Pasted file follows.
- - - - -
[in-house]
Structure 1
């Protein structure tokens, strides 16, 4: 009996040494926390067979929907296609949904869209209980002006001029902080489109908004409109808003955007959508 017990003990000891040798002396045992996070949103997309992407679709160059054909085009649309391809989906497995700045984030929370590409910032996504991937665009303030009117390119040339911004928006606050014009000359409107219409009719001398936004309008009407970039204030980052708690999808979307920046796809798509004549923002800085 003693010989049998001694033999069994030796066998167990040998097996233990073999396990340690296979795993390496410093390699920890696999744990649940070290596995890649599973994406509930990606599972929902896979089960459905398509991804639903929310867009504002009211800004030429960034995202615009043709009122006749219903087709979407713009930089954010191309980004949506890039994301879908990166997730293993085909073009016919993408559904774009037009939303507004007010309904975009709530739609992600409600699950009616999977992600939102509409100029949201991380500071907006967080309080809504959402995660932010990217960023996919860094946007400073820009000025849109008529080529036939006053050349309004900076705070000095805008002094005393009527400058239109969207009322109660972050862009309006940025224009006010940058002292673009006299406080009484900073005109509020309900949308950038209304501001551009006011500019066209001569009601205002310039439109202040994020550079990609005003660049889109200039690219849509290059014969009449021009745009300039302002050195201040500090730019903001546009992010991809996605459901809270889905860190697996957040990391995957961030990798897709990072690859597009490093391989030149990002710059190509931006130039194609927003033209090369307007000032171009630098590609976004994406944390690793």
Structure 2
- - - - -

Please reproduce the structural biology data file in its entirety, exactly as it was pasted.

[in-house]
Structure 1
């Protein structure tokens, strides 16, 4: 009996040494926390067979929907296609949904869209209980002006001029902080489109908004409109808003955007959508 017990003990000891040798002396045992996070949103997309992407679709160059054909085009649309391809989906497995700045984030929370590409910032996504991937665009303030009117390119040339911004928006606050014009000359409107219409009719001398936004309008009407970039204030980052708690999808979307920046796809798509004549923002800085 003693010989049998001694033999069994030796066998167990040998097996233990073999396990340690296979795993390496410093390699920890696999744990649940070290596995890649599973994406509930990606599972929902896979089960459905398509991804639903929310867009504002009211800004030429960034995202615009043709009122006749219903087709979407713009930089954010191309980004949506890039994301879908990166997730293993085909073009016919993408559904774009037009939303507004007010309904975009709530739609992600409600699950009616999977992600939102509409100029949201991380500071907006967080309080809504959402995660932010990217960023996919860094946007400073820009000025849109008529080529036939006053050349309004900076705070000095805008002094005393009527400058239109969207009322109660972050862009309006940025224009006010940058002292673009006299406080009484900073005109509020309900949308950038209304501001551009006011500019066209001569009601205002310039439109202040994020550079990609005003660049889109200039690219849509290059014969009449021009745009300039302002050195201040500090730019903001546009992010991809996605459901809270889905860190697996957040990391995957961030990798897709990072690859597009490093391989030149990002710059190509931006130039194609927003033209090369307007000032171009630098590609976004994406944390690793």
Structure 2